Logo

July 11

My last day on the river had finally arrived. I was excited and sad at the same time. I did want to finish and get my hamstring sorted out, but I did not really want it to end.
The river had been disappointing in many ways; the scenery was generally monotonous; there was no wildlife to speak of and the mud was an ever present source of frustration. On the other hand, it was a fascinating piece of water, grandiose in many ways, demanding and forgiving at the same time and devoid of people in between settlements.
I know that I will not easily forget my four weeks on the water.
But, I still had to paddle around 25 miles to get to Inuvik.. My GPS told me the distance was just over 11 miles, but that was "as the crow flies" and not "as the river flows".

It was already hot when I got up. The tent was bundled together at record speed; breakfast was cooked on the dock and after a very big meal of rice with chocolate powder (urrgh!!!!!) I was on my way.

The closer I got to Inuvik, the more boat traffic appeared and everybody waved. The wind had picked up and blew me in the right direction. I flew past the power station to the public dock and made a perfect landing in the mud, once again losing both my shoes and not exactly covering myself in glory as far as an elegant exit from the kayak was concerned.
The dock area was quite busy with boats loading and unloading. My arrival was noticed, as was my struggle to exit the kayak properly. It would have been easy for someone to help me by steadying the kayak but that clearly did not occur to anybody. It seemed that self-sufficiency was the rule.

Hot, wet and muddy was how I really arrived in Inuvik. That, and a good dose of frustration upon noticing that the camp site was less than one quarter of a mile away, but at the other side of a lake. It took me more than an hour to unload the kayak, lift it on the trolley I had brought, reload the kayak and start on my way up the first of three hills around the lake to the camp site. When I got there and tried to book my camp site, the attendant said:"why don't you get your breath back first, then at least I can understand what you are saying"
I secured a site in the "walk-in" section, i.e. wooden platform, close together with four other platforms. Good things: level, close to the showers and overlooking the river.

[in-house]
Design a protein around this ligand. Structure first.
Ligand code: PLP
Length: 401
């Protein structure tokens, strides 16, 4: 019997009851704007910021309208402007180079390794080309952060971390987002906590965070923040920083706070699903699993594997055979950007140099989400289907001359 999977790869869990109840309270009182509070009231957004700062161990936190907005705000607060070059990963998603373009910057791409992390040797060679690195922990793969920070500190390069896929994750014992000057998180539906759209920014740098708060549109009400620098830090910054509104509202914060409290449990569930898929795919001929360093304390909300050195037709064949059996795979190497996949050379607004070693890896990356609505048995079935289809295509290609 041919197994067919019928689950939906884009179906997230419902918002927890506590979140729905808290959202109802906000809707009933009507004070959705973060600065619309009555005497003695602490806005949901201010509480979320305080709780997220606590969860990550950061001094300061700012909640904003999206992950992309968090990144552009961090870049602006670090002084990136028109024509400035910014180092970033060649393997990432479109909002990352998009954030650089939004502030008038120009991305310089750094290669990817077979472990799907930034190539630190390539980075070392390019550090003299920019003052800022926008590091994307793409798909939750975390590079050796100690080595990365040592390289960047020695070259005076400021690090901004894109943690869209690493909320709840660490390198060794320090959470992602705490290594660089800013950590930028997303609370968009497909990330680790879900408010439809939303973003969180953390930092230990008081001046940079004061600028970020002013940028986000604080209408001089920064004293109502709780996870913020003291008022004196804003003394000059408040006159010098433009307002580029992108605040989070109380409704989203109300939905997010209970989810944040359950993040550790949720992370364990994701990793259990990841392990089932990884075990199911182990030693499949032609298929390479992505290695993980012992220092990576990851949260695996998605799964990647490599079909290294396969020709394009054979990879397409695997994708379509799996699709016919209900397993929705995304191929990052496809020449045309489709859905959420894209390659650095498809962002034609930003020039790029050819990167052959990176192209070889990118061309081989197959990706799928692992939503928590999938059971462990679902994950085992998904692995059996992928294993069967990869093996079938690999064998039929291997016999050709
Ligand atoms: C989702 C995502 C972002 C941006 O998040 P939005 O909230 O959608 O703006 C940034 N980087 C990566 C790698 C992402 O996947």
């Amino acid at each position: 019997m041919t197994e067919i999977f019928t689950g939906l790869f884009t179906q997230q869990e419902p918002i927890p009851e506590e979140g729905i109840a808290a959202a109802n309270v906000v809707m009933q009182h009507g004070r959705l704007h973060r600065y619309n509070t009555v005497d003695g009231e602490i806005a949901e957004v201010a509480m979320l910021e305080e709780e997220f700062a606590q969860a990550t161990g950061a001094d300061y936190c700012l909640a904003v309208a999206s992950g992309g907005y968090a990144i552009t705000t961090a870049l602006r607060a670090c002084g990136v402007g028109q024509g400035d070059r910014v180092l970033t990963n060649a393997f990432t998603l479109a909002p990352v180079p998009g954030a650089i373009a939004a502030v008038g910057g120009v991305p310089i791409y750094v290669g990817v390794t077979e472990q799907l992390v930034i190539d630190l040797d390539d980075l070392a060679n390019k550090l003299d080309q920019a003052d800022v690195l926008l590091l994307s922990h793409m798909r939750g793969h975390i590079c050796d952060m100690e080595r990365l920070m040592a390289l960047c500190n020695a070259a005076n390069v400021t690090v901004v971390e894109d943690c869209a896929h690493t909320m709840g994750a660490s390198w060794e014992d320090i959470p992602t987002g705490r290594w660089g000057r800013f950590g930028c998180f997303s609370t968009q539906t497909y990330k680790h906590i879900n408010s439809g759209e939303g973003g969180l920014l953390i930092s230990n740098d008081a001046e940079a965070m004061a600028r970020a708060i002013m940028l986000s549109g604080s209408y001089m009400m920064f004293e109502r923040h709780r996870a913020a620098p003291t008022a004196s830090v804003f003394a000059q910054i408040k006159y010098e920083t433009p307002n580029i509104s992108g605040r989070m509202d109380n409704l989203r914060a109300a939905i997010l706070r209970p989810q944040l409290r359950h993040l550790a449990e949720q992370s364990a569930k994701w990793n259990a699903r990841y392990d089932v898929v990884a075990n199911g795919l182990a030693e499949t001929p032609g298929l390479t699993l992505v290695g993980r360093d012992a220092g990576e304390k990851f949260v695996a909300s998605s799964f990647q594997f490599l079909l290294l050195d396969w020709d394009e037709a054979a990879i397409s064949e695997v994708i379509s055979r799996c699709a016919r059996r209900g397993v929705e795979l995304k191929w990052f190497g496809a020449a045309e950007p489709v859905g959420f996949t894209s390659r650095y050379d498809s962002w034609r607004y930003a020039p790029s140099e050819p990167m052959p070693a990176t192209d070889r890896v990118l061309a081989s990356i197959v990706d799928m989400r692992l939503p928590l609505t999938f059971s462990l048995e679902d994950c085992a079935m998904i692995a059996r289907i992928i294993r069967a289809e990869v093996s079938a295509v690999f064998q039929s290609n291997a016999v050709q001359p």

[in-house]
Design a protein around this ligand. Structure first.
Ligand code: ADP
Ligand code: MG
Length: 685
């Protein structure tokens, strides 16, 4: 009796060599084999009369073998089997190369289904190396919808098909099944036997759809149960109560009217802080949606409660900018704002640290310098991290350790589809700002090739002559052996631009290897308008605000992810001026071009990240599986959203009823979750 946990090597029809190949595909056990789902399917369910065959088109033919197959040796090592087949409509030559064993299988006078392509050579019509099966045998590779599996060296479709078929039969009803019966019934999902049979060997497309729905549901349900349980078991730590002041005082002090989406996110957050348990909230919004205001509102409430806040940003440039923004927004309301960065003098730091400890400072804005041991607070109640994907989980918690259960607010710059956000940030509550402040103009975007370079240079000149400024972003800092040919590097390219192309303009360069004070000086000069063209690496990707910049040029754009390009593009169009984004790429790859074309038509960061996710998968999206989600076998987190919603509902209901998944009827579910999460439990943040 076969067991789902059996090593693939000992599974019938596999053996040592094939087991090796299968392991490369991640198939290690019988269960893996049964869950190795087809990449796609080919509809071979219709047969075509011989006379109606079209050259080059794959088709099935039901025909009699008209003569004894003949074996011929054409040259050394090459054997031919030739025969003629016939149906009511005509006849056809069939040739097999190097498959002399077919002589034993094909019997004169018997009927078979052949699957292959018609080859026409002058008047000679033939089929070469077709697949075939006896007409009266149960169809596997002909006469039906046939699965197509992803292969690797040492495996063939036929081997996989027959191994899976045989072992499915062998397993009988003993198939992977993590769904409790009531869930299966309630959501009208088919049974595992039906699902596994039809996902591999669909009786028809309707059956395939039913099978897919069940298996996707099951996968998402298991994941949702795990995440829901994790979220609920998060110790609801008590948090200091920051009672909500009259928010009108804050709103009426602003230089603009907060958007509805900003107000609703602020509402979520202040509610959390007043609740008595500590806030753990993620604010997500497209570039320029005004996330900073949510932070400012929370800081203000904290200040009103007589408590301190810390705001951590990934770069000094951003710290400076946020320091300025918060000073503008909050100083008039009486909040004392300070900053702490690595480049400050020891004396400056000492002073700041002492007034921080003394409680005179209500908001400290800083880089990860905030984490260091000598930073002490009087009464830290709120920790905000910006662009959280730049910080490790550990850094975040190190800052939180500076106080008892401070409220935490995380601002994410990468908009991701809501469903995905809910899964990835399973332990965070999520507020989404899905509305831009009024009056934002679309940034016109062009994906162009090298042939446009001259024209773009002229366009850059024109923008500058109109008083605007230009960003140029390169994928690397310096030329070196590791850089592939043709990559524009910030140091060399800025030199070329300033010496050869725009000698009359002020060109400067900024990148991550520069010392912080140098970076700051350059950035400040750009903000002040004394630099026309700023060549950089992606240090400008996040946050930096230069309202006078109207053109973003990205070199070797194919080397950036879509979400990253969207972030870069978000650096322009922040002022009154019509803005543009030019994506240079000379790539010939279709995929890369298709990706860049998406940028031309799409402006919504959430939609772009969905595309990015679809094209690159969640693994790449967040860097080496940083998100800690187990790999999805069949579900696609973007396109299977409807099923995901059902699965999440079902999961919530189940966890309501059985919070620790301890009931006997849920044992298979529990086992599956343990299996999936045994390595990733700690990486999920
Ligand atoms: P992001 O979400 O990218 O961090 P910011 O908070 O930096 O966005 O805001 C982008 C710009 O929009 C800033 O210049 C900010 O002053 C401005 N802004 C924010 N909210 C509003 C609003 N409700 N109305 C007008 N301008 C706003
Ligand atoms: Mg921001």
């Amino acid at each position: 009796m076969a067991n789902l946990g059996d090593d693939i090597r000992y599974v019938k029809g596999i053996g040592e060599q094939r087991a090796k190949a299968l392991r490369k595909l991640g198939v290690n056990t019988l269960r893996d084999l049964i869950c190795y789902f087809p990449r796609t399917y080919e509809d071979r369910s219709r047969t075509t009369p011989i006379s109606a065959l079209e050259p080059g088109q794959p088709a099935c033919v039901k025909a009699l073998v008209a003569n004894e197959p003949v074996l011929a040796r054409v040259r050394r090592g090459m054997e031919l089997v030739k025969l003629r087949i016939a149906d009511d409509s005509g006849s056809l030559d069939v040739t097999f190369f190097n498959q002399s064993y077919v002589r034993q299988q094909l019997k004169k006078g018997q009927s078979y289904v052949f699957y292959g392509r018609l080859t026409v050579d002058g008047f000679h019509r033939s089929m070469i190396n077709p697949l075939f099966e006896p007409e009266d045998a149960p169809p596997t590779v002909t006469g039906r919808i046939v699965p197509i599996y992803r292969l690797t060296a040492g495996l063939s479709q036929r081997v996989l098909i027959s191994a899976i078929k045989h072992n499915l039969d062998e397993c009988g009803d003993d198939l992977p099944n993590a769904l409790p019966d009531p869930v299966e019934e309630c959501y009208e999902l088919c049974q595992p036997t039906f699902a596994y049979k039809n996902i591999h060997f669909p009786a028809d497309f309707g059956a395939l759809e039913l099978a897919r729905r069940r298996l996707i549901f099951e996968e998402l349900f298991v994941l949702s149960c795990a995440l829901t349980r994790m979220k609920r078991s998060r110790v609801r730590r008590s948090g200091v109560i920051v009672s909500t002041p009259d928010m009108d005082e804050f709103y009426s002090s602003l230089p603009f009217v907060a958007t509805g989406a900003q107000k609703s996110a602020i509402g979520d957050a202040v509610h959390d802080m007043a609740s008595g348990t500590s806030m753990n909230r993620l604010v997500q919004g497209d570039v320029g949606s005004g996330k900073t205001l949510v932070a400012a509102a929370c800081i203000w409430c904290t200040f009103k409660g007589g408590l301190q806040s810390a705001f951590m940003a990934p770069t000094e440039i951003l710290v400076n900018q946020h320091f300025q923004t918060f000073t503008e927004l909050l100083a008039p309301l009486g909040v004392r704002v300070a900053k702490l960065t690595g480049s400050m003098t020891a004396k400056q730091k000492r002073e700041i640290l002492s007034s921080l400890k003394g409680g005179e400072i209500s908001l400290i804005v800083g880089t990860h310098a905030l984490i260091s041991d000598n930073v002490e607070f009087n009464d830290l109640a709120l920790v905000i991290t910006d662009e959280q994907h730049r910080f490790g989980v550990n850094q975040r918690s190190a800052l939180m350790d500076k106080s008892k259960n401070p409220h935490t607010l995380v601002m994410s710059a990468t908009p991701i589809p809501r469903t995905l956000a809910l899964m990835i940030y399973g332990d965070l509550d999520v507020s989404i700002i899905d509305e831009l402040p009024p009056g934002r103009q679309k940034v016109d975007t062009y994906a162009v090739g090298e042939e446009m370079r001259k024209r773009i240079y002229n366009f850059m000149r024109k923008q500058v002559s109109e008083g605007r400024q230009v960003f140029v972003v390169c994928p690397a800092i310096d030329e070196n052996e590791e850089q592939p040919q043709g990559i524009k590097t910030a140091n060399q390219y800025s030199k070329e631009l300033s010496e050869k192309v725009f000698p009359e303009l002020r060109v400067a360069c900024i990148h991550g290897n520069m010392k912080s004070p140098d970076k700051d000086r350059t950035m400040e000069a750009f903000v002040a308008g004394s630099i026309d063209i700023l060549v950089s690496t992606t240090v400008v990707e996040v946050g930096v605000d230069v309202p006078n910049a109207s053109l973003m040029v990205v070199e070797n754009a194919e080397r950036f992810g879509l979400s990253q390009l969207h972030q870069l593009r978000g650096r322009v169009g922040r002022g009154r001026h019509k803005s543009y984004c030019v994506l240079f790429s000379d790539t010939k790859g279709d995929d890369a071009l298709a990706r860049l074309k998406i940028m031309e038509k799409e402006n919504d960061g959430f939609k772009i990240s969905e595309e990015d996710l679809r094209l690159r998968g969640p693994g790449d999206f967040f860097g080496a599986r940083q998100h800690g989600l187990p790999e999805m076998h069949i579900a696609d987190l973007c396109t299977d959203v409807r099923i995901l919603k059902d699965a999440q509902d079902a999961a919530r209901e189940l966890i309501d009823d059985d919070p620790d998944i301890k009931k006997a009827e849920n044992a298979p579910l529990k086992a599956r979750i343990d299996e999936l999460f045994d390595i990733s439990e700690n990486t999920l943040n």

I had to get my kayak out of the way and was pulling it behind the platform. It got stuck in the undergrowth but I thought that I could pull it through without having to clear some of the vegetation. I gave one allmighty pull and made a backwards salto, into the bushes, out of sight. The other campers came rushing to my aid and were concerned that I might have broken something, which I had: the rope of the kayak handle. I was OK. I had fallen into the soft earth (not mud this time) and rolled a little down the slope but that was the only thing that happened to me. I was amazed that the rope had broken, though. The rope I use is parachute cord because it has very many thin strands inside the outer sheath, and is reputed never to break. I suppose the pulling and scraping on the Mackenzie was a little more than bargained for.

I am camped on a wooden platform, overlooking the lake I had to walk around. After two hours of setting up my camp, sorting my gear, cleaning the worst dirt out of the cockpit of the kayak, I was finally ready for the big clean up of myself.
I did not bring a razor, but with the razor blades I have with me for repair purposes I managed to cut most of my beard off and trimmed the rest to an acceptable length. The shower was heavenly. No time limit, nice temperature and nobody else in attendance. I must have showered for nearly 30 minutes during which I washed my hair three times, my body twice and spent about ten minutes on my feet alone to get most of the ingrained dirt out. It will take a number of more washes to get my hands and feet completely clean again, but a start has been made.

Today was the start of the Great Northern Arts Festival. I attended the opening and listened to a number of boring speeches, but I really enjoyed the performance of the Inuvik Drummers and Dancers who entertained the sizeable crowd with traditional music and dance.

By 11.30pm I was finally in my sleeping bag; the sun still shining.

 

 

free joomla templatesjoomla template
2017  Kayak for Kids